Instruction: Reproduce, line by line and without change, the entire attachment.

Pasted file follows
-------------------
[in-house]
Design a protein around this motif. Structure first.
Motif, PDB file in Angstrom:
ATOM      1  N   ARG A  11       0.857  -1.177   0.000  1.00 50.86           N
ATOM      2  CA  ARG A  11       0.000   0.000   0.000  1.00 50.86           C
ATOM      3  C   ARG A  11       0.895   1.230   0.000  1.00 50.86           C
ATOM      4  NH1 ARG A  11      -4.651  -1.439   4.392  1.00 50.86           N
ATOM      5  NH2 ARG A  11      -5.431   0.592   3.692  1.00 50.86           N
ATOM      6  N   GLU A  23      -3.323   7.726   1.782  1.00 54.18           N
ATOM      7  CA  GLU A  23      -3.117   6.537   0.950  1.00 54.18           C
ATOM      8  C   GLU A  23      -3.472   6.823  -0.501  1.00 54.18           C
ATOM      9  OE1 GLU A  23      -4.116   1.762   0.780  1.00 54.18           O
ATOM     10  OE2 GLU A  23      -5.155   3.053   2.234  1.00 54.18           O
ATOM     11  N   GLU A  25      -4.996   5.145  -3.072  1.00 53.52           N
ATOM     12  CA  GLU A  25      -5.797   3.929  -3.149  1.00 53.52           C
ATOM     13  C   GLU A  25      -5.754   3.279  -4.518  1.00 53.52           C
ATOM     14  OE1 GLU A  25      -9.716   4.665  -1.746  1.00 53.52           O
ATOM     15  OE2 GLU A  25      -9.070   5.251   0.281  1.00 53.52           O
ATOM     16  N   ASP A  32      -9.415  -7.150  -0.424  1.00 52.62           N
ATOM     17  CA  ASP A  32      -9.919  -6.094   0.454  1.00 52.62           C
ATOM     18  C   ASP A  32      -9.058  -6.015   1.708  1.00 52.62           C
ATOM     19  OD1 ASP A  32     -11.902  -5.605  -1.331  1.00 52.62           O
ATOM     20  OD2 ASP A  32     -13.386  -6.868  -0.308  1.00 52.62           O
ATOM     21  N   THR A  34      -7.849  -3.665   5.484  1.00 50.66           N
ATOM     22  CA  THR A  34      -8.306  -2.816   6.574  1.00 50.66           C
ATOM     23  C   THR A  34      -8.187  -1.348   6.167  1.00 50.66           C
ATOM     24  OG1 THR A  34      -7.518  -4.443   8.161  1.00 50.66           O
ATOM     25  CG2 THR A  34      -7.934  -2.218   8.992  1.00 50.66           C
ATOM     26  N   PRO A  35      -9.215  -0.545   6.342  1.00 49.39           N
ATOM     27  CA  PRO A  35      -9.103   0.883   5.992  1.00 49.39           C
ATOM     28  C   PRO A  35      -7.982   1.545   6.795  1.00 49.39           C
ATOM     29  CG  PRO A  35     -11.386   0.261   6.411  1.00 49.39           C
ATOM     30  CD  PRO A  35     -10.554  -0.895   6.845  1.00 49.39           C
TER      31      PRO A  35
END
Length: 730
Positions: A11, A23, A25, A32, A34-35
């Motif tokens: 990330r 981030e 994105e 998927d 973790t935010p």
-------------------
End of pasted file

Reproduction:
[in-house]
Design a protein around this motif. Structure first.
Motif, PDB file in Angstrom:
ATOM      1  N   ARG A  11       0.857  -1.177   0.000  1.00 50.86           N
ATOM      2  CA  ARG A  11       0.000   0.000   0.000  1.00 50.86           C
ATOM      3  C   ARG A  11       0.895   1.230   0.000  1.00 50.86           C
ATOM      4  NH1 ARG A  11      -4.651  -1.439   4.392  1.00 50.86           N
ATOM      5  NH2 ARG A  11      -5.431   0.592   3.692  1.00 50.86           N
ATOM      6  N   GLU A  23      -3.323   7.726   1.782  1.00 54.18           N
ATOM      7  CA  GLU A  23      -3.117   6.537   0.950  1.00 54.18           C
ATOM      8  C   GLU A  23      -3.472   6.823  -0.501  1.00 54.18           C
ATOM      9  OE1 GLU A  23      -4.116   1.762   0.780  1.00 54.18           O
ATOM     10  OE2 GLU A  23      -5.155   3.053   2.234  1.00 54.18           O
ATOM     11  N   GLU A  25      -4.996   5.145  -3.072  1.00 53.52           N
ATOM     12  CA  GLU A  25      -5.797   3.929  -3.149  1.00 53.52           C
ATOM     13  C   GLU A  25      -5.754   3.279  -4.518  1.00 53.52           C
ATOM     14  OE1 GLU A  25      -9.716   4.665  -1.746  1.00 53.52           O
ATOM     15  OE2 GLU A  25      -9.070   5.251   0.281  1.00 53.52           O
ATOM     16  N   ASP A  32      -9.415  -7.150  -0.424  1.00 52.62           N
ATOM     17  CA  ASP A  32      -9.919  -6.094   0.454  1.00 52.62           C
ATOM     18  C   ASP A  32      -9.058  -6.015   1.708  1.00 52.62           C
ATOM     19  OD1 ASP A  32     -11.902  -5.605  -1.331  1.00 52.62           O
ATOM     20  OD2 ASP A  32     -13.386  -6.868  -0.308  1.00 52.62           O
ATOM     21  N   THR A  34      -7.849  -3.665   5.484  1.00 50.66           N
ATOM     22  CA  THR A  34      -8.306  -2.816   6.574  1.00 50.66           C
ATOM     23  C   THR A  34      -8.187  -1.348   6.167  1.00 50.66           C
ATOM     24  OG1 THR A  34      -7.518  -4.443   8.161  1.00 50.66           O
ATOM     25  CG2 THR A  34      -7.934  -2.218   8.992  1.00 50.66           C
ATOM     26  N   PRO A  35      -9.215  -0.545   6.342  1.00 49.39           N
ATOM     27  CA  PRO A  35      -9.103   0.883   5.992  1.00 49.39           C
ATOM     28  C   PRO A  35      -7.982   1.545   6.795  1.00 49.39           C
ATOM     29  CG  PRO A  35     -11.386   0.261   6.411  1.00 49.39           C
ATOM     30  CD  PRO A  35     -10.554  -0.895   6.845  1.00 49.39           C
TER      31      PRO A  35
END
Length: 730
Positions: A11, A23, A25, A32, A34-35
């Motif tokens: 990330r 981030e 994105e 998927d 973790t935010p």